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What the FDA’s food labeling changes mean for manufacturers, consumers

5 min read


(Photo: FDA)

ESHA discusses four potential food labeling changes that may motivate foodmakers to reformulate

Health-conscious consumers are becoming avid food label readers, and proposed new rules from the Food and Drug Administration may soon make it easier for grocery shoppers to make better choices. The agency has proposed the first set of extensive changes to nutrition labels on packaged foods since the FDA first started requiring the information on packages more than two decades ago. The new rules would require more realistic portion sizes, an additional column on packages with two to four servings showing nutritional information for the entire package and disclosures on  added sugars and other ingredients.

Food makers had until Aug. 1 to submit their comments on the proposed rules to the FDA. Recently, ESHA Research database manager and registered dietitian Elizabeth Braithwaite shared an in-depth look at the proposed food labeling changes and why they’re coming now.

SmartBrief: What’s the thinking behind the changes and why are they coming now?

Elizabeth Braithwaite: Regulations for the labeling of packaged foods in the U.S. have not significantly changed since they were first introduced in 1993. Over the years, nutrition research has grown and Americans’ eating patterns have changed. The FDA is proposing changes to the Nutrition Facts and Supplement Facts labels in order to provide updated nutrition information to assist consumers in maintaining healthy dietary practices that help to prevent chronic diseases such as diabetes and heart disease.

Americans are eating larger portion sizes than they were 20 years ago, so the proposed regulations recommend that package serving sizes better reflect what consumers are actually eating. The proposed food labeling changes include adding a mandatory declaration for added sugars, potassium and vitamin D, updating the Daily Values or dietary recommendations, updating the serving size definitions and updating the label format to better emphasize calories and serving size.

SB: How extensively will brands need to change their labels and packaging to comply with the new FDA rules? Are companies starting now?

EB: The proposed nutrition labeling regulations provide challenges and opportunities for the industry. There are four primary changes that may motivate food manufacturers to reformulate in order to maintain health and nutrient content claims and make products more attractive to consumers.

1. Changes in daily values

In the proposed regulations, the Daily Values have been assessed and revised to reflect the latest scientific evidence. Due to these changes, current formulations will not reflect the same level of adequacy as before.

For example, manufacturers who currently fortify their products with 100% of the Daily Value of vitamin B-12, will have a Daily Value of 250% if they continue to fortify at the same level. Manufacturers of ready-to-eat breakfast cereals often fortify their products to the 100% level, and consumers may not view a higher percentage in a positive light, causing more incentive to reformulate.

2. Changes in portion sizes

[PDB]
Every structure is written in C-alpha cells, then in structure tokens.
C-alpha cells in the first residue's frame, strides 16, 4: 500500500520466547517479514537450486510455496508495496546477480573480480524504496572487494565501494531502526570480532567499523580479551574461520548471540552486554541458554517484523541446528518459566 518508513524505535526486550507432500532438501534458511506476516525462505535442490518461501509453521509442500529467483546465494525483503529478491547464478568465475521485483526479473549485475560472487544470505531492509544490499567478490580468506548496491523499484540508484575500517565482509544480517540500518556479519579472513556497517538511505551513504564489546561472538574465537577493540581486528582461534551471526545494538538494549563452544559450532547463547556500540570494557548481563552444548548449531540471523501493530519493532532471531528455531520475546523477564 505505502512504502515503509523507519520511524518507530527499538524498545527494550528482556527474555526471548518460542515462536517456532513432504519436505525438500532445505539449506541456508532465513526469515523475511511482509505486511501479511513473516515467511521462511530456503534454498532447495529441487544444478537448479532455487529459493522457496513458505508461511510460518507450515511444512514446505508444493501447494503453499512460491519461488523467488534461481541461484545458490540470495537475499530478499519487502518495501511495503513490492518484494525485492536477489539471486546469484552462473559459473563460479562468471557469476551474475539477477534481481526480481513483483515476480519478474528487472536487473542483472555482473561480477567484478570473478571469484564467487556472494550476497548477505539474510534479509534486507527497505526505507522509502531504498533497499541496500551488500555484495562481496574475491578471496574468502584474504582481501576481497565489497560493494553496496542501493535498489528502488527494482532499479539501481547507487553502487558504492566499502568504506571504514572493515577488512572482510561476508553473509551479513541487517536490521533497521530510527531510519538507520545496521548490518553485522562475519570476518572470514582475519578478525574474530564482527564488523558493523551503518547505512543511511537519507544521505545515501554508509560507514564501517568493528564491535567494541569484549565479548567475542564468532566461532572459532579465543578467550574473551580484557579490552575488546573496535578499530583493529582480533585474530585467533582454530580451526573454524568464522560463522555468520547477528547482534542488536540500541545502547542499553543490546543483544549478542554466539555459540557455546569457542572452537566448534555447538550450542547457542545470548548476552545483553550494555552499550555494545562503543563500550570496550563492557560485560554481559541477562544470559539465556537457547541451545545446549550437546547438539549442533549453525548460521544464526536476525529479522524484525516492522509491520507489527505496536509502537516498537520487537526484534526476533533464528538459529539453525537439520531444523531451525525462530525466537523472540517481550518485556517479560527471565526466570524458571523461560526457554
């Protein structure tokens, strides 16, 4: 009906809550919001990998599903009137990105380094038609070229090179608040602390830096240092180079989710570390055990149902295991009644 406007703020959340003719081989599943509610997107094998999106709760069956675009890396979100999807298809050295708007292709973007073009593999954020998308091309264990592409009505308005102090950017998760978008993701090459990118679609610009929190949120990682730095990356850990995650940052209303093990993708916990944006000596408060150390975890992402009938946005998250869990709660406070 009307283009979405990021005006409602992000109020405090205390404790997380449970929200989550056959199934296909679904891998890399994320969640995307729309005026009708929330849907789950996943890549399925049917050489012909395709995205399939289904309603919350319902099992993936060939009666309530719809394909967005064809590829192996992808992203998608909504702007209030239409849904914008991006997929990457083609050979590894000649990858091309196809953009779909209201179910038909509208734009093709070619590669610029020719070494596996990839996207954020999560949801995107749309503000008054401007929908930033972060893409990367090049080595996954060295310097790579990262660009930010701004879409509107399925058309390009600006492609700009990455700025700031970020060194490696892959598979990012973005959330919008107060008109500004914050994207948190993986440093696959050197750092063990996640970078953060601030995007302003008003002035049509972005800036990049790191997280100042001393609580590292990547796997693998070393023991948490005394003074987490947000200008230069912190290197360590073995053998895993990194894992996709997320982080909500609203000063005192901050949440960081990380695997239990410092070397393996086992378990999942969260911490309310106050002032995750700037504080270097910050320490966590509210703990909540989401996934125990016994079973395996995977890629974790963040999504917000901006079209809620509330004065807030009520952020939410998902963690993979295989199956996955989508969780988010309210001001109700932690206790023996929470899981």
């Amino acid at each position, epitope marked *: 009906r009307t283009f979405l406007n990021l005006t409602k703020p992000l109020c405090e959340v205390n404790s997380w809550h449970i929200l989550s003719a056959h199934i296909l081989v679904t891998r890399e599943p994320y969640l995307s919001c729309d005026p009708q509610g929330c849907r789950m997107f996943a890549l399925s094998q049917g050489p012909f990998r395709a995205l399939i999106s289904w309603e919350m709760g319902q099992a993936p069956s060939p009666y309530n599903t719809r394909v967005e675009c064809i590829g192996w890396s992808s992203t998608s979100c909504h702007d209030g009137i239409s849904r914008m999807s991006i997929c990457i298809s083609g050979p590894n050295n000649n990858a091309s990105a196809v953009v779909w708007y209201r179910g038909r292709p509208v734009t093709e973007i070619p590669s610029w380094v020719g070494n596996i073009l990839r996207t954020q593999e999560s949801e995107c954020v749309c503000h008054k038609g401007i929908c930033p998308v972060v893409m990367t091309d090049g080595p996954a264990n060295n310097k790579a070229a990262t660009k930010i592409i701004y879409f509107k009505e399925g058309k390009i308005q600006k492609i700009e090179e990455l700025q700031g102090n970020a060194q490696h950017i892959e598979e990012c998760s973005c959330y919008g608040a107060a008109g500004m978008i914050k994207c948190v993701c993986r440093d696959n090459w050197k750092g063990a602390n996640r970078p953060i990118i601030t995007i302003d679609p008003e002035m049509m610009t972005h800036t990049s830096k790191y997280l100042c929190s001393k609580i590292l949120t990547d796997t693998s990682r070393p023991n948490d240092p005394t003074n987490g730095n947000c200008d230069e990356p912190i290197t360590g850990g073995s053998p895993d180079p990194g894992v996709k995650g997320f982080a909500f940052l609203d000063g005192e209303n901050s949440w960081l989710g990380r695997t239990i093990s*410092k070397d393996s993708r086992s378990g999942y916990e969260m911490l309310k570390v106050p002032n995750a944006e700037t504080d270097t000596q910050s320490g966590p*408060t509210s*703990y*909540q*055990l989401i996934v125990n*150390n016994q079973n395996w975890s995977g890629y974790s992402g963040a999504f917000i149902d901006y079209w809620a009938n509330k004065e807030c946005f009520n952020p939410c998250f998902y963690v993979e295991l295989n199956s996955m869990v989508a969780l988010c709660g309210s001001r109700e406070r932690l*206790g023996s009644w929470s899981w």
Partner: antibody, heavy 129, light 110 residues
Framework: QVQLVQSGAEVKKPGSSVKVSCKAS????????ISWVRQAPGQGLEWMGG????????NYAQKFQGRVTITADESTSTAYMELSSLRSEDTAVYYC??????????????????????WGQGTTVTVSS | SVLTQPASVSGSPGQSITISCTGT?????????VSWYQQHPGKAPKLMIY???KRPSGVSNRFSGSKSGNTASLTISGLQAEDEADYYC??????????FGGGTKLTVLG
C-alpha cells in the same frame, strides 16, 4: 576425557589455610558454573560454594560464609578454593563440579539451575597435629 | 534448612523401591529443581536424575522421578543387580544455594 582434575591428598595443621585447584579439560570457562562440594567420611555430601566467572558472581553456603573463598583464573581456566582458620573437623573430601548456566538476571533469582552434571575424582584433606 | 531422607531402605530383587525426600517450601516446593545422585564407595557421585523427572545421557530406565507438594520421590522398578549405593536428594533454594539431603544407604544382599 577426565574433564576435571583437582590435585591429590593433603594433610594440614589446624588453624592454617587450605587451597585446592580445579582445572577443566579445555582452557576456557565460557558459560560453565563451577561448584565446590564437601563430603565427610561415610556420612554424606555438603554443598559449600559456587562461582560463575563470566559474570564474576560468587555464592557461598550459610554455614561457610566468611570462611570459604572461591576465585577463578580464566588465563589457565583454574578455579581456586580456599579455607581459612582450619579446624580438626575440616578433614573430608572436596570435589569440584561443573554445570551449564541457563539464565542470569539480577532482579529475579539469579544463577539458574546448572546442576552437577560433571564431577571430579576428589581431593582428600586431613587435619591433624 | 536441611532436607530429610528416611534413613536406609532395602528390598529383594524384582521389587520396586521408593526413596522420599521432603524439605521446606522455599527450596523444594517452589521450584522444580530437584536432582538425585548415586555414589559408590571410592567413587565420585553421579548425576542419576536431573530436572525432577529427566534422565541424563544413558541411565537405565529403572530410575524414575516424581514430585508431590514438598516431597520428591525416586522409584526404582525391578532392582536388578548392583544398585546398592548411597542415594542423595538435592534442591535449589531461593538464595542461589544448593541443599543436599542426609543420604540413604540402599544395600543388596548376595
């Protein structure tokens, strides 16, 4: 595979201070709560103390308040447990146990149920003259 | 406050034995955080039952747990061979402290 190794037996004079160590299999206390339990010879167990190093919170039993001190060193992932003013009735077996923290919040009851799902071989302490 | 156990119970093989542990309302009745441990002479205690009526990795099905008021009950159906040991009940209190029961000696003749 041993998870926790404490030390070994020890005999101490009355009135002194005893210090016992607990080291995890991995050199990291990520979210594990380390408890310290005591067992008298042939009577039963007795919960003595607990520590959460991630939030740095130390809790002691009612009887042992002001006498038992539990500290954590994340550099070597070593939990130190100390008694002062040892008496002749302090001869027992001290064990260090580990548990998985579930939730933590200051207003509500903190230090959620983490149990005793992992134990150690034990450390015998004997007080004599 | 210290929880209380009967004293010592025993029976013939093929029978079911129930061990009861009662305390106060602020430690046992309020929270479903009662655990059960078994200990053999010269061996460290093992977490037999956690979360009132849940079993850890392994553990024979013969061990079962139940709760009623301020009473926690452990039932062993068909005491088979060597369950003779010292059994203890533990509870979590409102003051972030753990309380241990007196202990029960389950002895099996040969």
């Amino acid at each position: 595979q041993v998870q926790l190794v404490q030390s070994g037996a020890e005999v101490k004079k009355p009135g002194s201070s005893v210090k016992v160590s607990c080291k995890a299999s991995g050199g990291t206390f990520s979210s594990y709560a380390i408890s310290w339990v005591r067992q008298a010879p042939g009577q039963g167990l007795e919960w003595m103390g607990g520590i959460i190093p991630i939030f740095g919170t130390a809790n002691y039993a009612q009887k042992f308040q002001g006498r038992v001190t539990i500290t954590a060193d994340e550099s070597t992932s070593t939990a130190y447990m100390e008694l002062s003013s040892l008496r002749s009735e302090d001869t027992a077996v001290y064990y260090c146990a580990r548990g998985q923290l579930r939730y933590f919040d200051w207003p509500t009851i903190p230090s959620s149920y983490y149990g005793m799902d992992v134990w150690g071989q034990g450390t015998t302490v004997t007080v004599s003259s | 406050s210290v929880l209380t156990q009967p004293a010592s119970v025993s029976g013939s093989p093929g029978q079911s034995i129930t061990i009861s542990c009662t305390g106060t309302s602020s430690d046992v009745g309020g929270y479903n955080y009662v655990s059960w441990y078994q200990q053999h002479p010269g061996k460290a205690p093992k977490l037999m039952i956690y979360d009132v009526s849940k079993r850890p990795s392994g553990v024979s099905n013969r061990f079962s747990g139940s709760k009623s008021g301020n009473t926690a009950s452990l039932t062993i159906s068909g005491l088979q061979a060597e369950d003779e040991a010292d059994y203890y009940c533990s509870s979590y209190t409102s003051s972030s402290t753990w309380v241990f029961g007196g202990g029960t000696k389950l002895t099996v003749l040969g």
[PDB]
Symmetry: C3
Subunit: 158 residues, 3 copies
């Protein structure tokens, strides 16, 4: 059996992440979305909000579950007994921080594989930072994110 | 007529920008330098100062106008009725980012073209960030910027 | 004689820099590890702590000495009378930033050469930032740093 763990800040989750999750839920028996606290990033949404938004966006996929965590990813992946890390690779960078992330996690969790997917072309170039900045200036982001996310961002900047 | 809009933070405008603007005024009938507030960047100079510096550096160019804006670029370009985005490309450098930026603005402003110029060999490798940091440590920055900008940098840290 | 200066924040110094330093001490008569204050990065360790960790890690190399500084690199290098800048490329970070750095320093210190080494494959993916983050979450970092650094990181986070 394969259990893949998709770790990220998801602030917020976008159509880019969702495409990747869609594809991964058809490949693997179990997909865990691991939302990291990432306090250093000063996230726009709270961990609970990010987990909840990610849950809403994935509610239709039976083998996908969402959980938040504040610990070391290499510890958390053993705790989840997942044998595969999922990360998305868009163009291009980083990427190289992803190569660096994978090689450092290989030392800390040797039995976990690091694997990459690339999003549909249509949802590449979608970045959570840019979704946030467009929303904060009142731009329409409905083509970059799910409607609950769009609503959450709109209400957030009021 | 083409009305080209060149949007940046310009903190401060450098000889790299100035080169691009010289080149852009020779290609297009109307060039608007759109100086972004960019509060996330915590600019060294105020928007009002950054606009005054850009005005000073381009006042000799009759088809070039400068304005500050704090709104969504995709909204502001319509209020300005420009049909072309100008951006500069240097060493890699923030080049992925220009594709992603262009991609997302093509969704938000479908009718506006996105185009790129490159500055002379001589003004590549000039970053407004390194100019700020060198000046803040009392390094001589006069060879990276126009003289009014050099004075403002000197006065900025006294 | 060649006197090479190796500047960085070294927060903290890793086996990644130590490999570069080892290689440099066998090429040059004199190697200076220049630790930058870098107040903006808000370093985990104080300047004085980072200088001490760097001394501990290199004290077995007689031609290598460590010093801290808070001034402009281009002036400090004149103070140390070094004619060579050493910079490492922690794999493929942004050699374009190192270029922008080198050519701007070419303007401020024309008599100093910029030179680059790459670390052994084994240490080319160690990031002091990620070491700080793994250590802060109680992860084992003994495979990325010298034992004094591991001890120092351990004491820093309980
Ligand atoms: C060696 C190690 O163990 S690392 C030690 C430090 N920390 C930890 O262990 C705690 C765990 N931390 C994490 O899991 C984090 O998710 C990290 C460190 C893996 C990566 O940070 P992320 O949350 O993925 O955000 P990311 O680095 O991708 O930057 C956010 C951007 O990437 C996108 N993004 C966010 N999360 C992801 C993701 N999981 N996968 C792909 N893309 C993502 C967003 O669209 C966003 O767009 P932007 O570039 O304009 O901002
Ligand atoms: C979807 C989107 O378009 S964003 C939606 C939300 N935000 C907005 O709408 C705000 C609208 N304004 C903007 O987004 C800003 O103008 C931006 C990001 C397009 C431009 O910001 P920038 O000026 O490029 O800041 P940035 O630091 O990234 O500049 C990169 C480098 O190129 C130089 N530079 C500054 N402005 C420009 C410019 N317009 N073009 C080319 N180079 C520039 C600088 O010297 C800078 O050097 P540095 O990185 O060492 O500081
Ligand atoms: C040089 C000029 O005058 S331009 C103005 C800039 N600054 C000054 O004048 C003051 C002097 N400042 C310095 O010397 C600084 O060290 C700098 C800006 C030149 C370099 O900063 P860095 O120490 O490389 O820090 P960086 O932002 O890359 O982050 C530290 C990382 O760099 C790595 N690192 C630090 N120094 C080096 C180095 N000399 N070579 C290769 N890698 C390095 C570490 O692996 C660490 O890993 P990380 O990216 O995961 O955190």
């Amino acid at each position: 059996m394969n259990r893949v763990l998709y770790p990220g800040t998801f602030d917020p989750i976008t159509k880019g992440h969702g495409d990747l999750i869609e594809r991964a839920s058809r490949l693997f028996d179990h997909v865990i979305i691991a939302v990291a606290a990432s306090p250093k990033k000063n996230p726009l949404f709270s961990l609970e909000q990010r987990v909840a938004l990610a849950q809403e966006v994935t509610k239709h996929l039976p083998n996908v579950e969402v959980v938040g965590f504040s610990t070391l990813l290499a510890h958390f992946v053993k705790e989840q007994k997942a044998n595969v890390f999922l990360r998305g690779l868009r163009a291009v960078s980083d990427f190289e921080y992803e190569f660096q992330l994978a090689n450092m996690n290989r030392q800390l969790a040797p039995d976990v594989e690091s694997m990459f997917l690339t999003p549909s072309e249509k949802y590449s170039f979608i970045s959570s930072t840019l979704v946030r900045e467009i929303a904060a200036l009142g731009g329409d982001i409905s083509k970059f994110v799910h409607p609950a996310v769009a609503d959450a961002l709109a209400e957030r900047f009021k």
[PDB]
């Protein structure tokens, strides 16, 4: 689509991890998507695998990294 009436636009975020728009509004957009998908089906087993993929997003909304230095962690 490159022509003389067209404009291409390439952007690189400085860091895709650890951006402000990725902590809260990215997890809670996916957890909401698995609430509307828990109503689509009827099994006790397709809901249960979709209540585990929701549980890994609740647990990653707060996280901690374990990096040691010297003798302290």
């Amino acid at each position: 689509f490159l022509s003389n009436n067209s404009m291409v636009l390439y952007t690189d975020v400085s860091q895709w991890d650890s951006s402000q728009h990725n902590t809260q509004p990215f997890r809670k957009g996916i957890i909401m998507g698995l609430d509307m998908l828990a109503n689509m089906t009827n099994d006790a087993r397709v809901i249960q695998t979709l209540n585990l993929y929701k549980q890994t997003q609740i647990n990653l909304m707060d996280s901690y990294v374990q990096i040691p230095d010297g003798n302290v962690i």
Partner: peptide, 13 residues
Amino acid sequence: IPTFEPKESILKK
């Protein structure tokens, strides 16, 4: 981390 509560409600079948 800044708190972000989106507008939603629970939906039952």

In the proposed rules, the guidelines for portion size regulation in the Recommended Amounts Customarily Consumed have been updated to reflect the larger portion sizes that Americans commonly consume. This change could affect products that currently report health claims or nutrient content claims, since these claims are based on the RACC. If after a change in RACC the product is no longer able to make the previously reported health or nutrient content claims, the manufacturer would either need to remove the claim from the product label or reformulate to continue making the claim.

For example, currently a low fat ice cream with three grams of fat per half-cup serving is eligible to make a low fat claim on the label. The proposed rules would double the RACC for ice cream from half-cup to one cup. This increase in portion size would double the fat content from three to six grams of fat per RACC, making the product ineligible to keep the low fat claim.

3. Changes in the definition of dietary fiber

The new labeling regulations are proposing a new definition of dietary fiber. The new definition counts dietary fiber that has a physiological effect that is beneficial to human health and excludes both soluble and insoluble non-digestible carbohydrates. This change could affect products that make fiber claims but include fiber that does not meet the new definition.

For example, currently a breakfast bar that contains six grams of dietary fiber per 40 gram bar can claim “excellent source of fiber” on the product label. If the source of fiber, however, is from an isolated/synthetic fiber that does not meet the new definition, the manufacturer would either need to reformulate with a fiber that meets the new definition, or remove the claim from the product package.

4. Reformulating to make products more attractive to consumers

Industry may be motivated to reformulate by the increased visibility of added sugars. Added sugars are generally something that should be consumed in moderation, so manufacturers may choose to reformulate if their current products report an amount that seems high. Added sugars are defined as calorie sweeteners that are either packaged as such or added during the processing of foods.

For example, currently a fruit drink that contains 25 grams of sugar, including 15 grams of added sugar, only reports 25 grams of total sugar on the nutrition label. With the new added sugar rule, the drink would report 25 grams of total sugar and 15 grams of added sugar.


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